Hertford, Council of
HERTFORD, COUNCIL OF
The first general assembly of the whole English Church (Sept. 26, 672), summoned by theodore of Tarsus, Archbishop of Canterbury (669–690), after 3 1/2 years of visitation, reform, and consecration of bishops to fill vacancies throughout England. By its most important canons the Council of Hertford reaffirmed the Roman calculation of Easter (c.1), prohibited bishops from intruding in the affairs of neighboring dioceses (c.2), forbade monks to leave their monasteries without permission of their abbots (c.4), provided for future episcopal synods twice a year if possible, but at least annually (c.7), established the order of precedence among bishops according to dates of consecration (c.8), and recognized adultery as the only basis for divorce while forbidding a divorced man to remarry (c.10). The council marked a new stage in the growth of Christianity in England and the end of the period of regional churches related to each other only tenuously if at all. It inaugurated an established diocesan system under the forms of synodal government to replace the earlier practice of migratory and often ill-disciplined clergy, both regular and secular.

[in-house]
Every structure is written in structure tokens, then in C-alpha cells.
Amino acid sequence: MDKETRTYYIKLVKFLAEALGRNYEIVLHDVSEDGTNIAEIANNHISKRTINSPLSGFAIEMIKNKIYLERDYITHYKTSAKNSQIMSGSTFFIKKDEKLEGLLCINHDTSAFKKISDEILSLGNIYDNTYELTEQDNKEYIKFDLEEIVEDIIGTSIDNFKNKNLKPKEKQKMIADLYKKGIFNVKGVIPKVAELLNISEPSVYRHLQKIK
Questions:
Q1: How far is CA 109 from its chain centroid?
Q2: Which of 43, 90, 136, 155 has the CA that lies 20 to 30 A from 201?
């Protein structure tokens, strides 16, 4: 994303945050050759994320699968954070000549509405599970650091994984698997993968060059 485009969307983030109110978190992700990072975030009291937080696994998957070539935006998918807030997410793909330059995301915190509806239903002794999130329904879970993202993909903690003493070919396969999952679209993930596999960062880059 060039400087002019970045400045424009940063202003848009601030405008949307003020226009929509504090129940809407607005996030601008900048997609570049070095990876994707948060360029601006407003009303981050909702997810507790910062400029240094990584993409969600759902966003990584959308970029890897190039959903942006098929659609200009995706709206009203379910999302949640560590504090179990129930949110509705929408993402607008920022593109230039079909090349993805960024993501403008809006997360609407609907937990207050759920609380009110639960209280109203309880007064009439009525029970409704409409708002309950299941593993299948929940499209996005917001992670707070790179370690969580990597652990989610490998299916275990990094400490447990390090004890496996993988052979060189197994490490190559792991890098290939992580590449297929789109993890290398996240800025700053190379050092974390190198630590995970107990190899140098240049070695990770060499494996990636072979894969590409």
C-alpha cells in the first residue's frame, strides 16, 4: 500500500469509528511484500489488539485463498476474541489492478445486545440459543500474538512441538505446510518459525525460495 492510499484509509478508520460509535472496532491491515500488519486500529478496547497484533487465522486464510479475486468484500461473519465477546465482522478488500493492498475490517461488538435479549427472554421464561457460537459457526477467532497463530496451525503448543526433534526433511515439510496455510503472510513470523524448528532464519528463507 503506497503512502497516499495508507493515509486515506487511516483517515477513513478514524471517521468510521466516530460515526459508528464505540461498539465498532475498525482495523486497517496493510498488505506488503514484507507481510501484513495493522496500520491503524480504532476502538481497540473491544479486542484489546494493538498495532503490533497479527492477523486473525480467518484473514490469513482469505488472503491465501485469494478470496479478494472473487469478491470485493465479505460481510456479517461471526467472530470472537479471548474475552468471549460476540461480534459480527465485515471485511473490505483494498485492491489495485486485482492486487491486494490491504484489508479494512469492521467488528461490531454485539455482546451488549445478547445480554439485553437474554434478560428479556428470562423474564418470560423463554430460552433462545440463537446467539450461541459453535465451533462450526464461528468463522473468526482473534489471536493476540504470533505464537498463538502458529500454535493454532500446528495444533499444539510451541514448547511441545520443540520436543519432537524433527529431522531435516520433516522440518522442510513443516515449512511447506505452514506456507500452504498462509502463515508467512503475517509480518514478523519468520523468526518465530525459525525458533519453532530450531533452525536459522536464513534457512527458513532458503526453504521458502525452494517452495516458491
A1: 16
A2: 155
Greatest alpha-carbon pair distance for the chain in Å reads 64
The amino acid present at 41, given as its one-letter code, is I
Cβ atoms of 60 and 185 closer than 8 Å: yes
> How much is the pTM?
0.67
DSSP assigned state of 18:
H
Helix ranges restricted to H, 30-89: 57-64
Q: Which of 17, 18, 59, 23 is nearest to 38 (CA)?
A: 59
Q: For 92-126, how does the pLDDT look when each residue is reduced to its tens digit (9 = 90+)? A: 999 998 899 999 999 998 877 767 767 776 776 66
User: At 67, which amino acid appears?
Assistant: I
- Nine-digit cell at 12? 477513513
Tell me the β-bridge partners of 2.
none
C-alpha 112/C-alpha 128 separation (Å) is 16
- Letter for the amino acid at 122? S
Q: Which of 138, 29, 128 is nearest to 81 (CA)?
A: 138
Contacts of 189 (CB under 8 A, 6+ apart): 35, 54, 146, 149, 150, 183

See Also: easter controversy.
Bibliography: bede, Historia Ecclesiastica 4.5. a. w. haddan and w. stubbs, eds., Councils and Ecclesiastical Documents Relating to Great Britain and Ireland, 3 v. in 4 (Oxford 1869–78) 3:118–122. c. j. godfrey, The Church in Anglo-Saxon England (New York 1962).
[r. s. hoyt]